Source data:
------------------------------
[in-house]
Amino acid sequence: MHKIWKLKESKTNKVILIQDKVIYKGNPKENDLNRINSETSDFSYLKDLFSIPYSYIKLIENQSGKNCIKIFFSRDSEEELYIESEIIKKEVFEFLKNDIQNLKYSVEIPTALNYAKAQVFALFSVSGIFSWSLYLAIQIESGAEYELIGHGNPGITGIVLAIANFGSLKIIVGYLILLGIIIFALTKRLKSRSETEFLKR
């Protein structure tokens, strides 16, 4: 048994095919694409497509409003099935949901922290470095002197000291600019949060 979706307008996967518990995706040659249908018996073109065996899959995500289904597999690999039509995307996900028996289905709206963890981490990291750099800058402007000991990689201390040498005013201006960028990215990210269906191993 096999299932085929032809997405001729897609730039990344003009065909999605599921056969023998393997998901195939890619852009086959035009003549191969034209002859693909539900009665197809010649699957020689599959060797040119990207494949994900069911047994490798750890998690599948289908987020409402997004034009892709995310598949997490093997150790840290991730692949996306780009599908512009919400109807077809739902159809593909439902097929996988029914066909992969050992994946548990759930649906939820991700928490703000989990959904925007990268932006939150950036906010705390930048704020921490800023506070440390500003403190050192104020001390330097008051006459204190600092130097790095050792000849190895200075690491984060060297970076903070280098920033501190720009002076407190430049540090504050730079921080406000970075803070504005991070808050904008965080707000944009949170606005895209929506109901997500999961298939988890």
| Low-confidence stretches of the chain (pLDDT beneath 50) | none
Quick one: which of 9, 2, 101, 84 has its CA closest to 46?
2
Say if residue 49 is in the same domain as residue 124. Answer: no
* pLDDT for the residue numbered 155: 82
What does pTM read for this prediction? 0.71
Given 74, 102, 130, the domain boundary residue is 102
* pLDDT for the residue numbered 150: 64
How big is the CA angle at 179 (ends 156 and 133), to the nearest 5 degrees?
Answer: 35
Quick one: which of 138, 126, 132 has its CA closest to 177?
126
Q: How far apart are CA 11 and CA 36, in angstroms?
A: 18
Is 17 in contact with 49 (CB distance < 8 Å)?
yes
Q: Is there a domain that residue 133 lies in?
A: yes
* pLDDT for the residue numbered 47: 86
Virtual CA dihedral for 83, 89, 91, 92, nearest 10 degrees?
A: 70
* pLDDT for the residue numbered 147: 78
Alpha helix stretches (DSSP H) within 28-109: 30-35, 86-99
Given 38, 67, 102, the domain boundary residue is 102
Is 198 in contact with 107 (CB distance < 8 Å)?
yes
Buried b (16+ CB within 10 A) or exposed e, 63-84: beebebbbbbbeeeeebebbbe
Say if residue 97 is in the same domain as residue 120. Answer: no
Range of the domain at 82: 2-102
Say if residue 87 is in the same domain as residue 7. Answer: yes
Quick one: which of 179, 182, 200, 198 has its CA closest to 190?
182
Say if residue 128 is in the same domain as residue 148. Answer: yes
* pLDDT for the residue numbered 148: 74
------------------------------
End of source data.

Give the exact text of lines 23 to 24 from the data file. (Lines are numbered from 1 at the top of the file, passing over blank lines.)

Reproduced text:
Virtual CA dihedral for 83, 89, 91, 92, nearest 10 degrees?
A: 70